The conversion to a Roth IRA and the pro-rata calculation are both reported on IRS Form 8606 which must be completed and submitted as part of the IRA owner’s federal income tax return for the year of conversion.
The pro-rata calculation is not determined based on the balances of an individual’s traditional IRAs on the date of conversion. Rather, it is performed based on the account balance as of year-end of the year of the transaction. This means that a federal employee or retiree is advised to not rollover traditional Thrift Savings Plan (TSP) balances to a traditional IRA in the same year that a Roth IRA conversion is performed. In so doing, the TSP funds rolled over to a traditional IRA will skew the results making more of the converted traditional IRA funds taxable.
Returning to the example above with Jordan: Suppose Jordan converted his nondeductible traditional IRA to a Roth IRA on September 24, 2018. Then Jordan retired from federal service on September 29, 2018 and in November 2018 directly transfers $120,000 of his traditional TSP to a traditional IRA. Assuming no gains or losses in the interim, when Jordan completes the Form 8606 as part of his 2018 federal income tax return, his Dec. 31, 2018 year-end traditional IRA balance will be $200,000 ($120,000 from the traditional TSP plus $70,000 still in traditional IRAs plus the $10,000 conversion amount – the conversion amount is added back in accordance with the pro-rata formula). With that information in mind and using Form 8606, the tax-free portion of the $10,000 converted IRA will be computed as:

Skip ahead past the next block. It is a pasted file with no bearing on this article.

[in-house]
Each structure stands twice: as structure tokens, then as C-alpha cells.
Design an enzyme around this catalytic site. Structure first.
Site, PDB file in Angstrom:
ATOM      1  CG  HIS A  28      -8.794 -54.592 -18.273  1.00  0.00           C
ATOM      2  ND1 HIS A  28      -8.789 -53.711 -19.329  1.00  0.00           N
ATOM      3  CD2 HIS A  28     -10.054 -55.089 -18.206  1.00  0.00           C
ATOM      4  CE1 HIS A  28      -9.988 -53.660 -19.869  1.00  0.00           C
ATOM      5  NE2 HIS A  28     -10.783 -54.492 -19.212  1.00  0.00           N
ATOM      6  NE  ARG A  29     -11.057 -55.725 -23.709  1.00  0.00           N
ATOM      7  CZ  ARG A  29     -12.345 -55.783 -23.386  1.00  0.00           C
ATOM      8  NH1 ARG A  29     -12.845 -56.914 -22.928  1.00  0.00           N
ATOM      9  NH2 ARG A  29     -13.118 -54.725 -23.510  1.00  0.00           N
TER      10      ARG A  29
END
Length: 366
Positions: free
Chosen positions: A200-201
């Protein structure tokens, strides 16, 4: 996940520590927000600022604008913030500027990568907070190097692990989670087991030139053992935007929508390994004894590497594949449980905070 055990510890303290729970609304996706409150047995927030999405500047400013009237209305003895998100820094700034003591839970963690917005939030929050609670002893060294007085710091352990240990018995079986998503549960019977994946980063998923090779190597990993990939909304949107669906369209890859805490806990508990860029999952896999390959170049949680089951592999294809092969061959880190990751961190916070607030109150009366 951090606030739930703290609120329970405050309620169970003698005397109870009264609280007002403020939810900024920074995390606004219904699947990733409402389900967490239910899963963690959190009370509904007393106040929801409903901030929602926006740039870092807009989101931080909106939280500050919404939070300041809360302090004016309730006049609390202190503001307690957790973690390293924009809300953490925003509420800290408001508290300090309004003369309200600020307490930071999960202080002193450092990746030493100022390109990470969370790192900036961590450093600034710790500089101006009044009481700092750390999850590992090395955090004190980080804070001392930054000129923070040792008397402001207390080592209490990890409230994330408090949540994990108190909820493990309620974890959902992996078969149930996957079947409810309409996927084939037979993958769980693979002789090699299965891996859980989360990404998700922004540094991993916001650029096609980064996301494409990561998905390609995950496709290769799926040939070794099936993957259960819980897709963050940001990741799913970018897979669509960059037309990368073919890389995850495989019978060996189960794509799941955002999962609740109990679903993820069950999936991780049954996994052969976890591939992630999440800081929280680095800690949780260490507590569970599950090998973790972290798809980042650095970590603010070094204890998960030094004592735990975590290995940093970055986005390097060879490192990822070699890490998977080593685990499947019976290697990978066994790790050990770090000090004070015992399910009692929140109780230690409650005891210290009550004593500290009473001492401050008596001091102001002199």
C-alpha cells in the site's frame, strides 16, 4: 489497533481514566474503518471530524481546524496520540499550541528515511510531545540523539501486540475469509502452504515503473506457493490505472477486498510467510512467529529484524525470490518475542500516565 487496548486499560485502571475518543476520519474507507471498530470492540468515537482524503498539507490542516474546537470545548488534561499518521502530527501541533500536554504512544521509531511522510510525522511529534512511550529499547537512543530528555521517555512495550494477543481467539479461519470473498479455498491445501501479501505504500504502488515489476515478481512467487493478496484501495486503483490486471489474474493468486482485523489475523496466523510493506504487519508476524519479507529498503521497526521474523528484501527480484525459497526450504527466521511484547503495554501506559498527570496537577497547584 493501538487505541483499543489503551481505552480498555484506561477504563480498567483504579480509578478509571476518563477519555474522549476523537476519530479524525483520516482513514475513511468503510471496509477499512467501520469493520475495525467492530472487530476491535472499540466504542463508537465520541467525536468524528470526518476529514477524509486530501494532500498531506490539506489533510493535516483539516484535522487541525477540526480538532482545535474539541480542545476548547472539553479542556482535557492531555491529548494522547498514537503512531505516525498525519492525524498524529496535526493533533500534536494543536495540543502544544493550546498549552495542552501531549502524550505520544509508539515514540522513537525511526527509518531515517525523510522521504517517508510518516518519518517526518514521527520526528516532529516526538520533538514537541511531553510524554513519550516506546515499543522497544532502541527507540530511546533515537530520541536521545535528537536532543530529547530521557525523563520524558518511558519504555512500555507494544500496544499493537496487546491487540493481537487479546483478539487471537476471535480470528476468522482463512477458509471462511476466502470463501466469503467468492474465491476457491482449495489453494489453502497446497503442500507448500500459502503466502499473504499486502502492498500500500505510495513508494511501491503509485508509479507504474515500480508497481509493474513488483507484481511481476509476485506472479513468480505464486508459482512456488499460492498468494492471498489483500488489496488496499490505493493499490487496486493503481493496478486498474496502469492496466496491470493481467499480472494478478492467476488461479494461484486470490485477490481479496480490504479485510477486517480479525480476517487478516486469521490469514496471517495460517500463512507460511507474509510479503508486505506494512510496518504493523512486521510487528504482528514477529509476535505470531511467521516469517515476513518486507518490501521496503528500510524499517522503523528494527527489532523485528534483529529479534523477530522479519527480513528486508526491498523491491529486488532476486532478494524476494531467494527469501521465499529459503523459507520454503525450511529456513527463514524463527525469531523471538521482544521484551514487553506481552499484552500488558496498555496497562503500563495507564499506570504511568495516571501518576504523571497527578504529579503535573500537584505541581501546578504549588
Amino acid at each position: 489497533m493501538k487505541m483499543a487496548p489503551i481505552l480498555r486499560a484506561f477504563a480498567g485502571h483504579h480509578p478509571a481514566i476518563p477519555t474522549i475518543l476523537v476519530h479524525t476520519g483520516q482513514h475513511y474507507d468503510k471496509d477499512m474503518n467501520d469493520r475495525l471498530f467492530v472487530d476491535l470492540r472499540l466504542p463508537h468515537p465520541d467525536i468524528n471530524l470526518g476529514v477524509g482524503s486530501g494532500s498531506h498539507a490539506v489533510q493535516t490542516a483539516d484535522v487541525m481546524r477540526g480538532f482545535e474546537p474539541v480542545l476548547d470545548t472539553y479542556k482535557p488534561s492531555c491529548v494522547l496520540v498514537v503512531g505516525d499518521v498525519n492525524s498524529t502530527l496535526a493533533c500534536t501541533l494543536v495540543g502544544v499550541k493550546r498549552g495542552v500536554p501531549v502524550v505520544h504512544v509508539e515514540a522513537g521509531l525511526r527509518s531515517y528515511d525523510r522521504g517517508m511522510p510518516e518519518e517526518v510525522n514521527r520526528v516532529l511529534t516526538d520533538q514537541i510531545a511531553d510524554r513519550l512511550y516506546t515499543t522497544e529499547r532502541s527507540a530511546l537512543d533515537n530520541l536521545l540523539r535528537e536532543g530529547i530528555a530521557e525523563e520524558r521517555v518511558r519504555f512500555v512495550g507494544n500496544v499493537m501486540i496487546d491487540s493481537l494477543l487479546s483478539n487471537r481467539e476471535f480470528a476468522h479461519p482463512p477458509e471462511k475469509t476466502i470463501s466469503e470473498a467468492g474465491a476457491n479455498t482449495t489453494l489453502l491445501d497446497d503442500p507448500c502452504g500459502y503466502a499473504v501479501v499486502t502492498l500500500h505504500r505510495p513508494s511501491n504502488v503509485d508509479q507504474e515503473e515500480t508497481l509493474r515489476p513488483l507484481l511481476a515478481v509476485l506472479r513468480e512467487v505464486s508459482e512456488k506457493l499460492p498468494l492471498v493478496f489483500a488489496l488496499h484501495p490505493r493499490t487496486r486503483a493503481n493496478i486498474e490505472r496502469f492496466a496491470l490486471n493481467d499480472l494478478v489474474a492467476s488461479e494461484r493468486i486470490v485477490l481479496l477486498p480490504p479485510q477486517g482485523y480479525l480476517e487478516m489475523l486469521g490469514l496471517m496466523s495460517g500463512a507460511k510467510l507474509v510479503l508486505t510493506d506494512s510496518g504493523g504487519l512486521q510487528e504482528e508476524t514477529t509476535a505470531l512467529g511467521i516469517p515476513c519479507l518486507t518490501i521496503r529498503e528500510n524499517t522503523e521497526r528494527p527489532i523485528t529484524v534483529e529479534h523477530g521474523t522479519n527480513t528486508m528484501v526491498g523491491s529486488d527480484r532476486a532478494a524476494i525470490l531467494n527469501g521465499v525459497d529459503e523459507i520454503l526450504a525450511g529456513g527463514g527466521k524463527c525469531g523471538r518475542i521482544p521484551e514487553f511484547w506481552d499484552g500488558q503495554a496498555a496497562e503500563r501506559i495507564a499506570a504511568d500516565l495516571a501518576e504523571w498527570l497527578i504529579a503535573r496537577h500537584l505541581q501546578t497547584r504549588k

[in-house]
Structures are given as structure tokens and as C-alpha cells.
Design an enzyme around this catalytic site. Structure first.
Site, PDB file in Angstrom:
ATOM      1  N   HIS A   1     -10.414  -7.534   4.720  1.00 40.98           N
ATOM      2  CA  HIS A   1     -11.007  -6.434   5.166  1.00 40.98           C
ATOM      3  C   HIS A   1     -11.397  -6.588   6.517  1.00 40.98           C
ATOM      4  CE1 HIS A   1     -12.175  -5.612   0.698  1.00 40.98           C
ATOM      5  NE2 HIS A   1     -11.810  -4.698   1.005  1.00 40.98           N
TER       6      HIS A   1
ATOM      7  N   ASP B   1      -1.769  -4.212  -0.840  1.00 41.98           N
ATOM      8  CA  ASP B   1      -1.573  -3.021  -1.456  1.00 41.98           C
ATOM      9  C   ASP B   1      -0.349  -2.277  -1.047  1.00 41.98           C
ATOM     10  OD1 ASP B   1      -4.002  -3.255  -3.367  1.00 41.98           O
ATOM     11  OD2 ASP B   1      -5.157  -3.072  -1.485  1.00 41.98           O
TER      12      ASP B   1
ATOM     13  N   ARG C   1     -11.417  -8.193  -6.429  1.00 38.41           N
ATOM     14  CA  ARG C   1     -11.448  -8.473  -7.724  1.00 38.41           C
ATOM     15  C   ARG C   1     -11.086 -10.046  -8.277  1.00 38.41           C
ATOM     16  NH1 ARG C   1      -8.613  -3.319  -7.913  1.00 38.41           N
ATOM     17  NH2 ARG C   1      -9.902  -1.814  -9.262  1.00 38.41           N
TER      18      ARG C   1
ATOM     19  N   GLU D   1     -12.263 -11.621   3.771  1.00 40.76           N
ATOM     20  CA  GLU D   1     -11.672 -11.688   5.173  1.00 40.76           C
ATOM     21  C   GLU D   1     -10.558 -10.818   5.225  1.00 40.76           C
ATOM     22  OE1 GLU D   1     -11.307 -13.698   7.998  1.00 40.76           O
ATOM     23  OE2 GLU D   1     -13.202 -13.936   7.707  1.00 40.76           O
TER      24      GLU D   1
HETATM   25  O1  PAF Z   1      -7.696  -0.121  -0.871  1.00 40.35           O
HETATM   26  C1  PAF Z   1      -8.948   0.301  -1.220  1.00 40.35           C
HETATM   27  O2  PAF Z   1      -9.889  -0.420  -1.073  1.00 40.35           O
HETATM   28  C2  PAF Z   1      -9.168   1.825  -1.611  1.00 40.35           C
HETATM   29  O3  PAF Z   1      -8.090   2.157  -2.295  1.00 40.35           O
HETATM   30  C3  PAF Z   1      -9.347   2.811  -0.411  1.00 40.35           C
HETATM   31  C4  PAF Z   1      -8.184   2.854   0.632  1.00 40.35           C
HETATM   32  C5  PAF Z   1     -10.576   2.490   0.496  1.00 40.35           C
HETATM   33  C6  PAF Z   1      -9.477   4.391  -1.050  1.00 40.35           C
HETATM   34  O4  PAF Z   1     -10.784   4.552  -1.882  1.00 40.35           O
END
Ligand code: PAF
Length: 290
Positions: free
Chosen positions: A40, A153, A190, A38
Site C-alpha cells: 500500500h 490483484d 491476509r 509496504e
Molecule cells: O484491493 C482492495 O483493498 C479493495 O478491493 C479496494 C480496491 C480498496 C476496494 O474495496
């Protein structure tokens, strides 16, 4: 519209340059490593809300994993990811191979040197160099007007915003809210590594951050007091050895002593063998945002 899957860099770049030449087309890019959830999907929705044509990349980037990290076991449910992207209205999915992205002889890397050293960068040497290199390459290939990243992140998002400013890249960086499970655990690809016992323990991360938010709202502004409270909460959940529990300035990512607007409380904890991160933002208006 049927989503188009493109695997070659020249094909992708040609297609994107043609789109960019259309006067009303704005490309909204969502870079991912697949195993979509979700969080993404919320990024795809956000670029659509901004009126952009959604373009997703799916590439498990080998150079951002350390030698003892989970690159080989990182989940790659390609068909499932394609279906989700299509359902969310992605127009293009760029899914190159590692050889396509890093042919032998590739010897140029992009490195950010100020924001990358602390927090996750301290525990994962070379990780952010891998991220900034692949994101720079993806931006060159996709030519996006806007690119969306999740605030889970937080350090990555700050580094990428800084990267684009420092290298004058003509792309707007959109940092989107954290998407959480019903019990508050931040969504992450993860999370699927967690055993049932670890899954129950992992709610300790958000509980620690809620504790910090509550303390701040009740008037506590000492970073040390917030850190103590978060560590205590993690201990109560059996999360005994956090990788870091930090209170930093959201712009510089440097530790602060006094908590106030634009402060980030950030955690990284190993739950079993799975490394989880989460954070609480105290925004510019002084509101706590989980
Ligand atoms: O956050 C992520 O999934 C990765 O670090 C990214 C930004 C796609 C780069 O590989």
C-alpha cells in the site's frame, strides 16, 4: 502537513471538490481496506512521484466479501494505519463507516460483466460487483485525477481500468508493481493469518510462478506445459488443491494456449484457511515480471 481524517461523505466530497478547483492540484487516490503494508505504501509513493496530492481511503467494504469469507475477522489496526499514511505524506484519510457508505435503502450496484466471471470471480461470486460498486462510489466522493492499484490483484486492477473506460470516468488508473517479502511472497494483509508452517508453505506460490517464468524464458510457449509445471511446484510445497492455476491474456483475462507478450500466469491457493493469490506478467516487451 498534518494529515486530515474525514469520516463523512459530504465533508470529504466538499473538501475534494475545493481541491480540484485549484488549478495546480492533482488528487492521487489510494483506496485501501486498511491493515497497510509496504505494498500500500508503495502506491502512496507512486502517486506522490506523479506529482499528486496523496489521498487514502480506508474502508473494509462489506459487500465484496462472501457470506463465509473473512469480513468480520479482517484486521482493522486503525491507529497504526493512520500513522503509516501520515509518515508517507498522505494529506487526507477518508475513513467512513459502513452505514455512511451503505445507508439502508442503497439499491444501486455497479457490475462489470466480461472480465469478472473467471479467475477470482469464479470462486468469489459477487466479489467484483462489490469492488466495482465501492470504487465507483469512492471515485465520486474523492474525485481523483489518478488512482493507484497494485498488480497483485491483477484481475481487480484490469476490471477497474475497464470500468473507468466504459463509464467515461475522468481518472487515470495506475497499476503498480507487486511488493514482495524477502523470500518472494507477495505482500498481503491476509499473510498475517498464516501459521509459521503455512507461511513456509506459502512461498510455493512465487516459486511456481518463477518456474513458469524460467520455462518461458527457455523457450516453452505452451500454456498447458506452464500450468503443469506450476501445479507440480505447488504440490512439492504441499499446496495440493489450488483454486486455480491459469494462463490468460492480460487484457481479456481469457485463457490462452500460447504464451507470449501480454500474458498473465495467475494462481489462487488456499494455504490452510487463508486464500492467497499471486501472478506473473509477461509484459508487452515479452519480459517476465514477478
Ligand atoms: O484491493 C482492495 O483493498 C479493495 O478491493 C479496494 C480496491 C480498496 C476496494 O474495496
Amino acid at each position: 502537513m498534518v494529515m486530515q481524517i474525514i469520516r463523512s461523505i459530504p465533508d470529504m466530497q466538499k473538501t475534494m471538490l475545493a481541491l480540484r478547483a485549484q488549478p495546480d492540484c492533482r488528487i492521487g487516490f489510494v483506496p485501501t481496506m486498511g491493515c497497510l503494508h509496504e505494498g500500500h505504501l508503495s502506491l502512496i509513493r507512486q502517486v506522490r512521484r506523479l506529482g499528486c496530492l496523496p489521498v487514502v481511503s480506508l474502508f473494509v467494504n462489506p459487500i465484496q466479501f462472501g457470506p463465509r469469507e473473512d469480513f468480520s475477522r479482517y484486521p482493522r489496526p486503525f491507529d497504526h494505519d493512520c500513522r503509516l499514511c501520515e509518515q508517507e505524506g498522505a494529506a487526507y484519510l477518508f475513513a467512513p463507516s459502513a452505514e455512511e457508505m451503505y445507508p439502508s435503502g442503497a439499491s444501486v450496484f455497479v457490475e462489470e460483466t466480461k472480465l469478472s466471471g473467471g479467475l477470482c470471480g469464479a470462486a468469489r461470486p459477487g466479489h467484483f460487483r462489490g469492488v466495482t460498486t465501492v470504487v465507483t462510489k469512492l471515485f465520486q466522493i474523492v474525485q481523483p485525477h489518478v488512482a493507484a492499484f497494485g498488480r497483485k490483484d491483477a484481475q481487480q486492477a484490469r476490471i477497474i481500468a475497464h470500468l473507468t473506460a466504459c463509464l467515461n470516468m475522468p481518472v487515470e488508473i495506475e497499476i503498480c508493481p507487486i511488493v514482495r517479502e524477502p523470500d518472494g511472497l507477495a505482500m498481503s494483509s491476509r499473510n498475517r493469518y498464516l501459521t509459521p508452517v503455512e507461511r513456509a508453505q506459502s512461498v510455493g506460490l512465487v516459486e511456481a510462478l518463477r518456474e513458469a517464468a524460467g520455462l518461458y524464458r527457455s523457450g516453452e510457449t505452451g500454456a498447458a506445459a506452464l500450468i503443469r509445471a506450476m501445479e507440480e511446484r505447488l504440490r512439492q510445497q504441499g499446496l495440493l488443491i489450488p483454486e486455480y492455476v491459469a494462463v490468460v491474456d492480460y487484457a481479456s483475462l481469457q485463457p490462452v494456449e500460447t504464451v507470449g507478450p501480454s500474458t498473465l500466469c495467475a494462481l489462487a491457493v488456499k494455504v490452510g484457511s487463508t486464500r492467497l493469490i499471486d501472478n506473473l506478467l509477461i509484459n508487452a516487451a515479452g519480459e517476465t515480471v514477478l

$10,000 times [$10,000/$200,000] (5 percent), or $500 will be tax-free
Five percent rather than 12.5 percent is tax-free had the TSP funds not been transferred to a traditional IRA during calendar year 2018.
But the reverse strategy will work in favor of a Roth IRA conversion. That is, if a traditional IRA owner were to directly transfer or rollover all his or her before-taxed traditional IRA funds to a qualified retirement plan (such as the TSP) before converting to a Roth IRA, then the result could be a completely tax-free conversion.
Suppose Jordan transferred all of his traditional IRAS with the exception of the $10,000 nondeductible IRA to his TSP account before converting the nondeductible IRA to a Roth IRA. Traditional IRAs, including SEP IRAs and SIMPLE IRAs, can be transferred to an existing traditional TSP account at any time using Form TSP-60. If Jordan transferred the $70,000 of his traditional IRAs (the before-taxed traditional IRAs) to his traditional TSP account before converting to a Roth IRA, then the tax-free portion of the $10,000 converted IRA will be computed as follows:
$10,000 times [$10,000/$10,000] (100 percent) or $10,000, will be tax-free.
In performing the transfer of his pre-taxed traditional IRAs to his traditional TSP account before converting the $10,000 nondeductible traditional IRA, Jordan will not be liable for any federal and state income taxes due on the conversion. It should also be noted that Jordan is eligible to rollover the $70,000 of his IRA funds that were rolled over to his traditional TSP account back to a traditional IRA after he retires from federal service.